The more people in the car, the more distractions for the driver. Friends want to tag along for the ride when a new driver gets on the road, but limit the number of friend pickups to 1 or 2.

Set driving boundaries  

The state of California doesn’t limit where teens can drive, but it’s not a bad idea to set a limit on how many miles away from home they can go. A novice drivers on a road they aren’t familiar with is a recipe for trouble. Only letting your teen driver go 20-30 miles away from the house is a good way to get peace of mind without restricting your child’s freedom.

No texting and driving

This rule might be difficult to enforce when your teen is on the road, but it’s a topic that needs to be discussed. According to the Center for Disease Control, you’re 23 times more likely to get in an accident while texting and driving. Talk openly about this policy and set a good example when your the driver and the teen is the passenger.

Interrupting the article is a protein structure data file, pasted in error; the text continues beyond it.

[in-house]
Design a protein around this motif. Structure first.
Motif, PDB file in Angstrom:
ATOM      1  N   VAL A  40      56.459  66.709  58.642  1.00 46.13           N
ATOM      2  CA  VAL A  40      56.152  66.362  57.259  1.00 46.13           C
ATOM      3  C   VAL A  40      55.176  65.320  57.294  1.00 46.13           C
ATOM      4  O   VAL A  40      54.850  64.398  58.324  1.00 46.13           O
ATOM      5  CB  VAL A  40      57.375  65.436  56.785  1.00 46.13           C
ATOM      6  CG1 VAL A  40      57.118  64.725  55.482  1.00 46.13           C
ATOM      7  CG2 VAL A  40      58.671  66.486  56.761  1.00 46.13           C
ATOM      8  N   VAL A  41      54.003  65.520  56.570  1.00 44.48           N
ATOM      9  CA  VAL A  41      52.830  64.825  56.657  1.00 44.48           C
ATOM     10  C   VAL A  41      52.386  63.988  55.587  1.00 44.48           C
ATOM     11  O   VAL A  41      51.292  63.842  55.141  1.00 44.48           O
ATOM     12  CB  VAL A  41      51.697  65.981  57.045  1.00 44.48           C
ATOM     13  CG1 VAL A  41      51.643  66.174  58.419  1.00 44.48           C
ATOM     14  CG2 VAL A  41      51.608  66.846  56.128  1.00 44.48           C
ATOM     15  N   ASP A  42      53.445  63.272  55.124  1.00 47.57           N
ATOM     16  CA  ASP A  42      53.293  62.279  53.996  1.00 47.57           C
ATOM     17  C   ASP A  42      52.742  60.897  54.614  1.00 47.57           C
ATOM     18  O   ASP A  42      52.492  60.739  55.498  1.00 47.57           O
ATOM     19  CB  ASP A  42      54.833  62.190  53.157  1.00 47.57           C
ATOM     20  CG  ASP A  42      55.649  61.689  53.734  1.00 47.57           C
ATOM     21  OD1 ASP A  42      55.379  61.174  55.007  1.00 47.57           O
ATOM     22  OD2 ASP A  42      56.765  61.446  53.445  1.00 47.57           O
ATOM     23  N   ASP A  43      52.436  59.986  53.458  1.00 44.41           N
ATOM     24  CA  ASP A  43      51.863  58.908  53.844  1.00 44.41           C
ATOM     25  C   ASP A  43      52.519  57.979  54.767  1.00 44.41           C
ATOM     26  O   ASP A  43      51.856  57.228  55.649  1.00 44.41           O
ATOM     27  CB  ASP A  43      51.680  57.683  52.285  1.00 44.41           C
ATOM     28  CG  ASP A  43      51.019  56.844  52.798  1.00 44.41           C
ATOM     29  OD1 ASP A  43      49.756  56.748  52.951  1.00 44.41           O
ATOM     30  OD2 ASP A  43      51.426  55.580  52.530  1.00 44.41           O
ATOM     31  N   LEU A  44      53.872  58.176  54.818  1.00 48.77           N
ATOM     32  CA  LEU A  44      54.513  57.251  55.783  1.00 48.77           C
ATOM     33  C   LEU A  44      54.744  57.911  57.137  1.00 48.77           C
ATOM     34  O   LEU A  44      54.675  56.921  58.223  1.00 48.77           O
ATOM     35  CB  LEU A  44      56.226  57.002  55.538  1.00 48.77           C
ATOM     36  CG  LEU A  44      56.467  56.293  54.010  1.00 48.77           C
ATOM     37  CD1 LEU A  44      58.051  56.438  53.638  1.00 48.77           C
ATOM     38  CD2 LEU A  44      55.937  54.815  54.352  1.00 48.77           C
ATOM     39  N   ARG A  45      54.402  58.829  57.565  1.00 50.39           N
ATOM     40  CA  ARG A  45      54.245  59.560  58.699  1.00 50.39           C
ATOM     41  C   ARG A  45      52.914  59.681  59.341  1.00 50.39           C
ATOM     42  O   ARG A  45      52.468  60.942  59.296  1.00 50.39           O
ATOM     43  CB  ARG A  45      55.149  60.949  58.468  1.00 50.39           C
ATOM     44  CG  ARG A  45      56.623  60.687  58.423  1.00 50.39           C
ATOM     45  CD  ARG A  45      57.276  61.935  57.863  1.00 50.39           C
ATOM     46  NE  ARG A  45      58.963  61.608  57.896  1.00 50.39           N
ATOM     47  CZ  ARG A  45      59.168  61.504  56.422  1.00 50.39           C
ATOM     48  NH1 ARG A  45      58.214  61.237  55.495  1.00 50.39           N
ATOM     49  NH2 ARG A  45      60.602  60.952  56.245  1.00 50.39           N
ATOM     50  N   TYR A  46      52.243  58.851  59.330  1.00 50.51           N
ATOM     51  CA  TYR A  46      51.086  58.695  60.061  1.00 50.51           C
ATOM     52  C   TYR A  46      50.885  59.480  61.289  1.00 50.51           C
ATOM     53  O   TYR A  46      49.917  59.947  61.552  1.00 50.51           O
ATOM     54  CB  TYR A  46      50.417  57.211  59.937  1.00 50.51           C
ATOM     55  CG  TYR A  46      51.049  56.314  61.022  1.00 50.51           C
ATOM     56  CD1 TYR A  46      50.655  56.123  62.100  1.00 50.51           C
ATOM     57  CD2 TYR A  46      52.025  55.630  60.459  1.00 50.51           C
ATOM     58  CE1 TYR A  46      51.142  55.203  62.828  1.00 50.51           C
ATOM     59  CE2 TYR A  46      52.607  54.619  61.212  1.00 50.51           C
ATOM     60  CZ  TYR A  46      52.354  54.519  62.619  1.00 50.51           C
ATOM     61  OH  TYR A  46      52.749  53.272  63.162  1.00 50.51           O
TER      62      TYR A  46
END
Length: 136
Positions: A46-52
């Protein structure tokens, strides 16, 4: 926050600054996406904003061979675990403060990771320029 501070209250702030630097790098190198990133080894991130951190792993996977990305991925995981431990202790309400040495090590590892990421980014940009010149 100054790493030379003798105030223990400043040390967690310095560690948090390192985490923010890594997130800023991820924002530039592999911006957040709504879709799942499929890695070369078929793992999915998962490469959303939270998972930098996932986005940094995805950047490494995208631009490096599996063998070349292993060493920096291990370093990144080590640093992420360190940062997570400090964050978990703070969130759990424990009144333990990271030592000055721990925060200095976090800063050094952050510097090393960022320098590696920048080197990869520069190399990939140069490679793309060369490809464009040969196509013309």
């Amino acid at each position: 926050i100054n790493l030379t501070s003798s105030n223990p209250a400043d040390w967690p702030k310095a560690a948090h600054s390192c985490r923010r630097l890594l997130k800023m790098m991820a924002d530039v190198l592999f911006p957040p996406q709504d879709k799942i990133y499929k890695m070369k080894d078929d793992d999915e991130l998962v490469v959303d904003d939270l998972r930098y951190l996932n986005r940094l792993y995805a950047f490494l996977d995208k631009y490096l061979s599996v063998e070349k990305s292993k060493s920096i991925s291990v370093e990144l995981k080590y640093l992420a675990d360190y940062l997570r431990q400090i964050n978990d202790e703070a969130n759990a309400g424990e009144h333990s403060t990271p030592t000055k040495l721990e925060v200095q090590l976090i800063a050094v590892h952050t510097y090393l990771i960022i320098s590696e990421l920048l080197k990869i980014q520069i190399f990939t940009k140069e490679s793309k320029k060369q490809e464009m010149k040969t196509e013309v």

What Do If Your Teen Is In An Accident?

First of all, don’t panic. Teen crashes are common, but only 0.003% are fatal according to the United States Department of Transportation. A car is just a hunk of metal that can be replaced. But remember, the state of California made you put your John Hancock on your child’s license. This means their accident is your accident. Most accidents will be fully covered by insurance, but if your child as a history of reckless, you might be on the hook for the full damages.

Make sure the police are contacted. A police report is often the only thing preventing the case from becoming a ‘he-said-she-said’ argument. Take pictures of the damage on both cars for the insurance companies. An accident often puts great emotional stress on a teenager, so don’t immediately reprimand them. If your child was at fault, punishment can come later.

If your child was injured in a car accident in the San Francisco area, be sure to contact Rush Injury Law. Our lawyers are experts in car accidents involving teens and we’ll fight to get the compensation you deserve.